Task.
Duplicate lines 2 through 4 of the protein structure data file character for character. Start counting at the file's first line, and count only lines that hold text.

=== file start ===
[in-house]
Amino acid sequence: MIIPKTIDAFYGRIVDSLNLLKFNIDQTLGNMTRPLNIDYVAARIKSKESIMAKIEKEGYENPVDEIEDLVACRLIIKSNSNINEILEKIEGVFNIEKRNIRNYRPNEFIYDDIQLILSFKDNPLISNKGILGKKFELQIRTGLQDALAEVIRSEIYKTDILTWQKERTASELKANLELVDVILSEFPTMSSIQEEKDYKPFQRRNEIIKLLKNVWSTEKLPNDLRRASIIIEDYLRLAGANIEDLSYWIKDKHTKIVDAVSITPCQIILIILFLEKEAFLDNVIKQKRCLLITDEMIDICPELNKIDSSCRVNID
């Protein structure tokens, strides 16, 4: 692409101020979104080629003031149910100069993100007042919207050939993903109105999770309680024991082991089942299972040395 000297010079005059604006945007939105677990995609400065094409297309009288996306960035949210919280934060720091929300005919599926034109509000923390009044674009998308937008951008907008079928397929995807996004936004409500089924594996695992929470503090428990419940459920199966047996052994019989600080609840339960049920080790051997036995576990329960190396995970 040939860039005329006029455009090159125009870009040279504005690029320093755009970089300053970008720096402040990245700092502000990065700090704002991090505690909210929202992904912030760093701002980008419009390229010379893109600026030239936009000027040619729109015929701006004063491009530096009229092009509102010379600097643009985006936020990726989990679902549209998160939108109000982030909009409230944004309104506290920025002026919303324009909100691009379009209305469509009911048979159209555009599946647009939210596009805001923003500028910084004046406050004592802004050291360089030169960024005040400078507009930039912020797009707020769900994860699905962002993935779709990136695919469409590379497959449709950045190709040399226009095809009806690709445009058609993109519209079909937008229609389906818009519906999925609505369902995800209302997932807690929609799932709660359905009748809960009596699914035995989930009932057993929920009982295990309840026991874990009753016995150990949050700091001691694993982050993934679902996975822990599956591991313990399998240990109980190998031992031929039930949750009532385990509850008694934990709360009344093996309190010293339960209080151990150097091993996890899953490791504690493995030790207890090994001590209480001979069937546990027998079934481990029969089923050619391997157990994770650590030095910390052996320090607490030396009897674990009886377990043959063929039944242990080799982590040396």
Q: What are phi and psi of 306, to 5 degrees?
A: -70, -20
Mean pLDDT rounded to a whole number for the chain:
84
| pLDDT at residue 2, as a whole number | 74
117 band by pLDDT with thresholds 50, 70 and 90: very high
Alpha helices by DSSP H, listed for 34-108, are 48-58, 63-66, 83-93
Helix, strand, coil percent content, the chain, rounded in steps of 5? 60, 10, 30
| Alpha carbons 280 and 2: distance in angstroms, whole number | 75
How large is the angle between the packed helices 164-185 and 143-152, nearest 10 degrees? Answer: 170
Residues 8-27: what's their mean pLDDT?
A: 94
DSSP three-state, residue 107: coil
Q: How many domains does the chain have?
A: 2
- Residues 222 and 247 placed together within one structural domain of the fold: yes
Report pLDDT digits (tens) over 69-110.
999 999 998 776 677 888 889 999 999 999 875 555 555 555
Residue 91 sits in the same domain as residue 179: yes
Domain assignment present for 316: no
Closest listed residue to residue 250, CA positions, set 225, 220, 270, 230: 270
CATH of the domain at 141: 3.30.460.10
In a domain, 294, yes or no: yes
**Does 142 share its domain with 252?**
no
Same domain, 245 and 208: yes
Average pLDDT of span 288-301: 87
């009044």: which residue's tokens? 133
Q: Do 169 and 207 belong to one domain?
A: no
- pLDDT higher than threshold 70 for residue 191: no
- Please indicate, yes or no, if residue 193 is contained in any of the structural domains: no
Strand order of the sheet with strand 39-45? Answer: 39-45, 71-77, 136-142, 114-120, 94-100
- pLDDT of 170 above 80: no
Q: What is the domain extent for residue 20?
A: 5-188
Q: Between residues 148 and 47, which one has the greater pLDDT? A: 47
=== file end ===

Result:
Amino acid sequence: MIIPKTIDAFYGRIVDSLNLLKFNIDQTLGNMTRPLNIDYVAARIKSKESIMAKIEKEGYENPVDEIEDLVACRLIIKSNSNINEILEKIEGVFNIEKRNIRNYRPNEFIYDDIQLILSFKDNPLISNKGILGKKFELQIRTGLQDALAEVIRSEIYKTDILTWQKERTASELKANLELVDVILSEFPTMSSIQEEKDYKPFQRRNEIIKLLKNVWSTEKLPNDLRRASIIIEDYLRLAGANIEDLSYWIKDKHTKIVDAVSITPCQIILIILFLEKEAFLDNVIKQKRCLLITDEMIDICPELNKIDSSCRVNID
């Protein structure tokens, strides 16, 4: 692409101020979104080629003031149910100069993100007042919207050939993903109105999770309680024991082991089942299972040395 000297010079005059604006945007939105677990995609400065094409297309009288996306960035949210919280934060720091929300005919599926034109509000923390009044674009998308937008951008907008079928397929995807996004936004409500089924594996695992929470503090428990419940459920199966047996052994019989600080609840339960049920080790051997036995576990329960190396995970 040939860039005329006029455009090159125009870009040279504005690029320093755009970089300053970008720096402040990245700092502000990065700090704002991090505690909210929202992904912030760093701002980008419009390229010379893109600026030239936009000027040619729109015929701006004063491009530096009229092009509102010379600097643009985006936020990726989990679902549209998160939108109000982030909009409230944004309104506290920025002026919303324009909100691009379009209305469509009911048979159209555009599946647009939210596009805001923003500028910084004046406050004592802004050291360089030169960024005040400078507009930039912020797009707020769900994860699905962002993935779709990136695919469409590379497959449709950045190709040399226009095809009806690709445009058609993109519209079909937008229609389906818009519906999925609505369902995800209302997932807690929609799932709660359905009748809960009596699914035995989930009932057993929920009982295990309840026991874990009753016995150990949050700091001691694993982050993934679902996975822990599956591991313990399998240990109980190998031992031929039930949750009532385990509850008694934990709360009344093996309190010293339960209080151990150097091993996890899953490791504690493995030790207890090994001590209480001979069937546990027998079934481990029969089923050619391997157990994770650590030095910390052996320090607490030396009897674990009886377990043959063929039944242990080799982590040396």
Q: What are phi and psi of 306, to 5 degrees?